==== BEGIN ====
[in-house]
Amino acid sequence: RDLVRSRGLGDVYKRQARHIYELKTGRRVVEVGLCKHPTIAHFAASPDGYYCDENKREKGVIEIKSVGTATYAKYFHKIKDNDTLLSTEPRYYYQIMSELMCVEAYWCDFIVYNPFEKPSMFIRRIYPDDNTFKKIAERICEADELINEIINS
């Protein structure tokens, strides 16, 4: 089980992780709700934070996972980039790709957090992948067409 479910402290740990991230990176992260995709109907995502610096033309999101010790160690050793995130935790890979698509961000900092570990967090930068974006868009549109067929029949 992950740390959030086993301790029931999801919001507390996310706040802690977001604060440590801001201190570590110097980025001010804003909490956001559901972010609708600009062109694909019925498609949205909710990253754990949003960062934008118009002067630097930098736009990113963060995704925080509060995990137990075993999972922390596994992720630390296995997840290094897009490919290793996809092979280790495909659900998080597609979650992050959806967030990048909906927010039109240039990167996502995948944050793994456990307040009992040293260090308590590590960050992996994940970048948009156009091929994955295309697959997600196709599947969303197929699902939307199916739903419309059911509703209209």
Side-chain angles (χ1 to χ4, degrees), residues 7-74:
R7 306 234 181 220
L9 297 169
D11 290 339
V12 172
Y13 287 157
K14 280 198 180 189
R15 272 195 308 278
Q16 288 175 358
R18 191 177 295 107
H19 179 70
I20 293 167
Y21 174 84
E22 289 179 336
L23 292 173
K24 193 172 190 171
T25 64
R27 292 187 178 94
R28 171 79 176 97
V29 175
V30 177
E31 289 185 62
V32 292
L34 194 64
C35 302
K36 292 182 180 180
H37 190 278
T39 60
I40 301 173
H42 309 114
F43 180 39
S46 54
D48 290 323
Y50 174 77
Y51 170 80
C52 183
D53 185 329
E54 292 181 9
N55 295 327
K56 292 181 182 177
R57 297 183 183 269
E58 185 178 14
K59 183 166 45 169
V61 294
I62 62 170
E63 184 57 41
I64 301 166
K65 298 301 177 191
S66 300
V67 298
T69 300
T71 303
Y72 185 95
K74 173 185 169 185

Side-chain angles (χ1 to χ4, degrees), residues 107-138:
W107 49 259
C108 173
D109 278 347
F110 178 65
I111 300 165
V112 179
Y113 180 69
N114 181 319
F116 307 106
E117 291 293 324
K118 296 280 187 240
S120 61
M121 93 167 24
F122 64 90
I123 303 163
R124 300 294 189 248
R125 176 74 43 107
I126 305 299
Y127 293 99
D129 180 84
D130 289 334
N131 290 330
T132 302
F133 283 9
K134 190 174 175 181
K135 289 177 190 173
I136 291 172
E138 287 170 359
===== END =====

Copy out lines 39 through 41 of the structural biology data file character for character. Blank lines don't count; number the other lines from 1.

C52 183
D53 185 329
E54 292 181 9